We estimated ordinary least squares regressions in which the dependent variables described provider biosimilar uptake. Our key independent variables were the aforementioned provider practice characteristics, plus Census division and year fixed effects to account for variation across geographies and over time. By controlling for geographic variation, we can identify whether differences across regions—due to heterogeneity in negotiated rebates and discounts, physician preferences, disease prevalence, or other factors—can explain some of the variation in biosimilar uptake.18-20


Using data through mid-2018, we found that the uptake of Zarxio has increased steadily since its launch in September 2015 (Figure 1). After 3 years, the share of filgrastim claims that are biosimilar (ie, Zarxio as a share of Zarxio and Neupogen claims) rose to 60% among office-based providers and 49% among providers at outpatient hospitals. When additionally considering Granix in the filgrastim market, we still find that the share of biosimilar filgrastim was higher among office-based than outpatient hospital—based providers, at 54% and 35%, respectively (eAppendix Figure 1). This biosimilar adoption rate is within the range of Europe’s experience: After 3 years, biosimilar filgrastim garnered between 45% and 87% of European market share, depending on the country.21 The observed increase in Zarxio adoption reflects increases in both relative and absolute levels; the total count of filgrastim claims (ignoring the cyclicality of claims across quarters) has been increasing across both places of service since mid-2016 (eAppendix Figure 2).

Notably, although the biosimilar’s ASP had fallen to 67% of the biologic’s ASP by mid- 2018, office-based providers began adopting biosimilar filgrastim prior to any significant reduction in ASP. Office-based providers were also earlier and more rapid adopters than hospital-based providers, whose adoption of the biosimilar more closely mirrored reductions in ASP. As office-based adoption rates have continued to rise, adoption rates in the hospital setting have plateaued at around 50%. These differential adoption patterns suggest a nuanced and dynamic market in which factors besides price play an important role in encouraging or discouraging biosimilar uptake.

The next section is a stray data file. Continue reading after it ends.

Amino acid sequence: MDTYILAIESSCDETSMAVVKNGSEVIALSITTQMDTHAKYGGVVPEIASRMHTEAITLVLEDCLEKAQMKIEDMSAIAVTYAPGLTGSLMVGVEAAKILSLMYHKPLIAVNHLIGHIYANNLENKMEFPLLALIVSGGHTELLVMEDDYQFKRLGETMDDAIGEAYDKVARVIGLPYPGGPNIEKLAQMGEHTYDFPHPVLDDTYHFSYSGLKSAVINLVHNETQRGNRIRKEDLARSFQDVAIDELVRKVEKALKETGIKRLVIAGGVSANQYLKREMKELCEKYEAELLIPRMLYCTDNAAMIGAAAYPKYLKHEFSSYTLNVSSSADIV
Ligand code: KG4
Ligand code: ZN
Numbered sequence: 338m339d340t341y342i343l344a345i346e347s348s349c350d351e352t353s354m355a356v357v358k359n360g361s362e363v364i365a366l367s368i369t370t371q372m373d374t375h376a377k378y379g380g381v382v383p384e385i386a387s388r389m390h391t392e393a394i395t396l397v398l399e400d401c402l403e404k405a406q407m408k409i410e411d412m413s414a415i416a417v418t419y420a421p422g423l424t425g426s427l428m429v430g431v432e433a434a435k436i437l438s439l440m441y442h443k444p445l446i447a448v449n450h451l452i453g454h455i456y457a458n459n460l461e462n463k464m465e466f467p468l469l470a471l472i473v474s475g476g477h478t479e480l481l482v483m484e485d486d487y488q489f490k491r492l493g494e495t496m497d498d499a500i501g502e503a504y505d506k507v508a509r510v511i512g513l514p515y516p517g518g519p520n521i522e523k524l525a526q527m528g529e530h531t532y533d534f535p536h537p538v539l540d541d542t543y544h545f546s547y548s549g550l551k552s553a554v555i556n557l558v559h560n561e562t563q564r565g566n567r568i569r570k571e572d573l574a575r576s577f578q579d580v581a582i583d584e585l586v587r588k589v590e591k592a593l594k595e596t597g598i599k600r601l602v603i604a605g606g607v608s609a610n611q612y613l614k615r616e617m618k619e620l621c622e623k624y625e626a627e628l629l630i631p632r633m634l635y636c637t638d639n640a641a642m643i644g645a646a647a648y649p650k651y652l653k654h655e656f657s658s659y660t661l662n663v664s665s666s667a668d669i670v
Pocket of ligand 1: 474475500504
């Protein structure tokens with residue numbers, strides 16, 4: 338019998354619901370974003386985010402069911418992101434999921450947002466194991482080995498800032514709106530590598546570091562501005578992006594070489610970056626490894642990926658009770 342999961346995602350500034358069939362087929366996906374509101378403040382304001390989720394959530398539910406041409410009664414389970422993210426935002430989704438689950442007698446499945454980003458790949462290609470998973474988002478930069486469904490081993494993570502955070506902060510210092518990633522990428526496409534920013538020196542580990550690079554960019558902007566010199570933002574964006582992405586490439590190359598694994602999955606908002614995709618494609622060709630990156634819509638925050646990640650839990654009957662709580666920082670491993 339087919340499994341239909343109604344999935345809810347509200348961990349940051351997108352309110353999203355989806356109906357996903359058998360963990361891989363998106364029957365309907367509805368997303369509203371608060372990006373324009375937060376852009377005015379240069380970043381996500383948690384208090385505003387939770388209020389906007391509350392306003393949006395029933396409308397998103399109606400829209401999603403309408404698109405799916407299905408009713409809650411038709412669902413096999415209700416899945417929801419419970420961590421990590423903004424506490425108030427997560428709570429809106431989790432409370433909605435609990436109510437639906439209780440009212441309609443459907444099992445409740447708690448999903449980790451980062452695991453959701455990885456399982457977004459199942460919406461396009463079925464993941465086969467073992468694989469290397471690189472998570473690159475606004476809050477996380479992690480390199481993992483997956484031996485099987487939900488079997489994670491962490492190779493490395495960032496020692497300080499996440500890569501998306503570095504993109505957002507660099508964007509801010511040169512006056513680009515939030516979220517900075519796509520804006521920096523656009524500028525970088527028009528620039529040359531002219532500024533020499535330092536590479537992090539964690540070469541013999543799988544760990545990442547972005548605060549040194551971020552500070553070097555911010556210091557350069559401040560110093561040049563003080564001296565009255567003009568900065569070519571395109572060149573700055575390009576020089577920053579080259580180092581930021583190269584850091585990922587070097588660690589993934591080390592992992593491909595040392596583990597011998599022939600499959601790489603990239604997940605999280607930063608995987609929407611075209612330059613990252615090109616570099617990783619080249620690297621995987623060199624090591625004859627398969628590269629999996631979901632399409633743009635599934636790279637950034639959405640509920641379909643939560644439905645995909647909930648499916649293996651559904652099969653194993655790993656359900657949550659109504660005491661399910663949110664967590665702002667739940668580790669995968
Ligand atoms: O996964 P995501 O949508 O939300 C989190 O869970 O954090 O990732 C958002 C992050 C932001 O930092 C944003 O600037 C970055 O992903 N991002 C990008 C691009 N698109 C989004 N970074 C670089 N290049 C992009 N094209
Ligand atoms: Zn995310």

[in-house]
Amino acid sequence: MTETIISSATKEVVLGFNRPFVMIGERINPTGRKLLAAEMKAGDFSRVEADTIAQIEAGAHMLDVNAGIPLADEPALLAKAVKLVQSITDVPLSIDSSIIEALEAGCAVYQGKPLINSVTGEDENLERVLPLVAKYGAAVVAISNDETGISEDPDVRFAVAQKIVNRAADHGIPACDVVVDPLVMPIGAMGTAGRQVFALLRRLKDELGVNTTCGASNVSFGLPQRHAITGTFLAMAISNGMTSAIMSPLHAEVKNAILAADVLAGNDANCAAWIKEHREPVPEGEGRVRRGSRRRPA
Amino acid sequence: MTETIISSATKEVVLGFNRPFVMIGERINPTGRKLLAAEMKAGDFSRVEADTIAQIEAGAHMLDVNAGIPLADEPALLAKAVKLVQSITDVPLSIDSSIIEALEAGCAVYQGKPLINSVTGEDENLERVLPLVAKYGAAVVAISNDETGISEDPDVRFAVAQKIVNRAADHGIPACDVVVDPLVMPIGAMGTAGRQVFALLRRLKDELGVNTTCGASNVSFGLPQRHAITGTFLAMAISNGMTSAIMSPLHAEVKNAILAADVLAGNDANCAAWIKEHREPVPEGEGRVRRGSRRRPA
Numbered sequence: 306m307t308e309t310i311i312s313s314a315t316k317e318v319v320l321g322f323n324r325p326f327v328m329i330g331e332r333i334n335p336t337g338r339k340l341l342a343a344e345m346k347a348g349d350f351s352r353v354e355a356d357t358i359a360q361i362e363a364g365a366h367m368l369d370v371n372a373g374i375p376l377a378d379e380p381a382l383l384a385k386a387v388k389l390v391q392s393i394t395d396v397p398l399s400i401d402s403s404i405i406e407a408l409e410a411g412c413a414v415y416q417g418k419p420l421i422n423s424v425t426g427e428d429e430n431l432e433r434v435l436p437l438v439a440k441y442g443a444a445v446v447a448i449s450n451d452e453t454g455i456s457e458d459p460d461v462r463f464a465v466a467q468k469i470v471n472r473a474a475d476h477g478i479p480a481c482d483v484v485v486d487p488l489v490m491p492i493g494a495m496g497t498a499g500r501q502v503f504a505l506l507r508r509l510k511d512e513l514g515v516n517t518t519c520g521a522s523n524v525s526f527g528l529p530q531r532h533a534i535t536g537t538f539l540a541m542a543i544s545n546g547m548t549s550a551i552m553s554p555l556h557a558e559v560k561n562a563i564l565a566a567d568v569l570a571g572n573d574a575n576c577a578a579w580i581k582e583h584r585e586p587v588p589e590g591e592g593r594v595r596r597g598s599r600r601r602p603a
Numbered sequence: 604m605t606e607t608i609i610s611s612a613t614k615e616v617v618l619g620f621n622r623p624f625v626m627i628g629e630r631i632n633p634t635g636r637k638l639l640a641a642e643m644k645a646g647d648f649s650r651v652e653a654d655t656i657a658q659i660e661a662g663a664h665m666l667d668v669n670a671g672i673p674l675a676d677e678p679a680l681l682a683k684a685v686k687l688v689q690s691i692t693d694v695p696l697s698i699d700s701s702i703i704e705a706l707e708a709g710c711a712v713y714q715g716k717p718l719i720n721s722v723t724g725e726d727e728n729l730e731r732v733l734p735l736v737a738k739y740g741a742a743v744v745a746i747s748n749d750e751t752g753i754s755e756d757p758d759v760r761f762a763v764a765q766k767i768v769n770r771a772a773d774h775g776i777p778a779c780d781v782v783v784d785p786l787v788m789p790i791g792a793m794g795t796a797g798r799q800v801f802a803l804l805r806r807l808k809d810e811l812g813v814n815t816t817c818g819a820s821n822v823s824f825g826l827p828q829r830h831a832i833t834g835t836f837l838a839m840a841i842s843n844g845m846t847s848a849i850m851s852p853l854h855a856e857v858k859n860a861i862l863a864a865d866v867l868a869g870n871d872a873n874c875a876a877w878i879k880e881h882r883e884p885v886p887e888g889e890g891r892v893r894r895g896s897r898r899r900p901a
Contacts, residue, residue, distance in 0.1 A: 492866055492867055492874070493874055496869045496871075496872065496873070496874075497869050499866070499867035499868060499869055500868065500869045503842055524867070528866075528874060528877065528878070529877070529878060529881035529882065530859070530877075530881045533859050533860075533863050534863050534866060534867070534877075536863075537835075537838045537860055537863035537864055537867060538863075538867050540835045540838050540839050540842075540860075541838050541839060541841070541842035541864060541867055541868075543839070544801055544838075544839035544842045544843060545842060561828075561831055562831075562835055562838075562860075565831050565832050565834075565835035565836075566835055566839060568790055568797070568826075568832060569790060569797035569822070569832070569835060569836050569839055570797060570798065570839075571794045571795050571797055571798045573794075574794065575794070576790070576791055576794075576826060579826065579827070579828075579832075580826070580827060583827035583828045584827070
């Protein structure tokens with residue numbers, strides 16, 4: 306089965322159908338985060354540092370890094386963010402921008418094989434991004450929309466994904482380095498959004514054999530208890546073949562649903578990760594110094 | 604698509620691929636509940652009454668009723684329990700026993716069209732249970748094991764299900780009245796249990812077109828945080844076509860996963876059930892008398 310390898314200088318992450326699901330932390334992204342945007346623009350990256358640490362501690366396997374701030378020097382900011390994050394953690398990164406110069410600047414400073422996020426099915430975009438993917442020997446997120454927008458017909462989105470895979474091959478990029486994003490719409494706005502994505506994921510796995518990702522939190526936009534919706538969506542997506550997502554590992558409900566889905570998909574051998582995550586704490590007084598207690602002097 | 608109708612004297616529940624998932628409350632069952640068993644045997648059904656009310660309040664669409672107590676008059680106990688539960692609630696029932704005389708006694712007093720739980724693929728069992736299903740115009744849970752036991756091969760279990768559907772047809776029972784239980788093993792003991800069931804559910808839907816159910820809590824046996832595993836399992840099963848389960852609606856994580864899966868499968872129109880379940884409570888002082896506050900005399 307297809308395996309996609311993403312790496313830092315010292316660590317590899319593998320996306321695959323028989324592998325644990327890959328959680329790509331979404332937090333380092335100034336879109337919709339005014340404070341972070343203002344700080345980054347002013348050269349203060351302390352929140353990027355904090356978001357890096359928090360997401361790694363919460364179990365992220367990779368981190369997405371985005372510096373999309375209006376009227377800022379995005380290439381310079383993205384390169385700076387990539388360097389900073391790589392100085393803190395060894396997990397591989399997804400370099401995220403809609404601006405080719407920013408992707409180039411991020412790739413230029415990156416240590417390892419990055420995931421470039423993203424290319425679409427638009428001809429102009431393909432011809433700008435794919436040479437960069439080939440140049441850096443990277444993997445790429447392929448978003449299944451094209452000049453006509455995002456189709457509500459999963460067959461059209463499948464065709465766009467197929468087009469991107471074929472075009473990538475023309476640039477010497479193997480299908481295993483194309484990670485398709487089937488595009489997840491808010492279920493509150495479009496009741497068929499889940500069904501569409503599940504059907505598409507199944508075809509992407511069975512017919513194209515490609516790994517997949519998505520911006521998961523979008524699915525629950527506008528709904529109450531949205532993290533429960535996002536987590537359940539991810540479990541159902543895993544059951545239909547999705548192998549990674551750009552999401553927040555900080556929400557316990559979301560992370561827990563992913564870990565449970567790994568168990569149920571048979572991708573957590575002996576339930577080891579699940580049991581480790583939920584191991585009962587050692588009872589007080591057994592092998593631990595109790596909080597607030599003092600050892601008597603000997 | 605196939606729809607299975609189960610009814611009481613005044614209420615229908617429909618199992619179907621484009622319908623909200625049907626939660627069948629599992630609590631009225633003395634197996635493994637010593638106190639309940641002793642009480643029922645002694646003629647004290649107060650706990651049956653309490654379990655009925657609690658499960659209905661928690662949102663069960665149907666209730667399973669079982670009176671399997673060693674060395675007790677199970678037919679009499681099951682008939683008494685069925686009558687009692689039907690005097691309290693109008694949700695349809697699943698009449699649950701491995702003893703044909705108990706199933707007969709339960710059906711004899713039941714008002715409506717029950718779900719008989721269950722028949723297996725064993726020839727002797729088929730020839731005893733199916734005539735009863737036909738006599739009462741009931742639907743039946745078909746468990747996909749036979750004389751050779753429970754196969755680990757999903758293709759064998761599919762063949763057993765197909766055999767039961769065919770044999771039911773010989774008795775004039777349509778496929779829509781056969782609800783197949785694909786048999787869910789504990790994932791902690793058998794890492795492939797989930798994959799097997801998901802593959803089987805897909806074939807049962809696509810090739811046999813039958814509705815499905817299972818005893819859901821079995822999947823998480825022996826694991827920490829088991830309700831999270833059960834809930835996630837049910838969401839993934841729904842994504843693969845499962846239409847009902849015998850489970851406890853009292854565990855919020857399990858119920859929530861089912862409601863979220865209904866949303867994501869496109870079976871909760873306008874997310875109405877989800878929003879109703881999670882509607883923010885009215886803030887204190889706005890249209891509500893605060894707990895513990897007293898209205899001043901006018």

Next, we consider differences in biosimilar uptake by the provider’s prescribing practices. Figure 2 shows that the uptake of biosimilar filgrastim occurred predominantly through providers who treated all their patients receiving filgrastim with the biosimilar version. Very few providers simultaneously offered both biologic and biosimilar filgrastim. By quarter 2 of 2018, approximately 61% (742 of 1223) of providers were offering some Zarxio; of this group, 88% (651 of 742) were offering exclusively Zarxio. This pattern is evident across both office- and hospital-based providers (eAppendix Figure 3).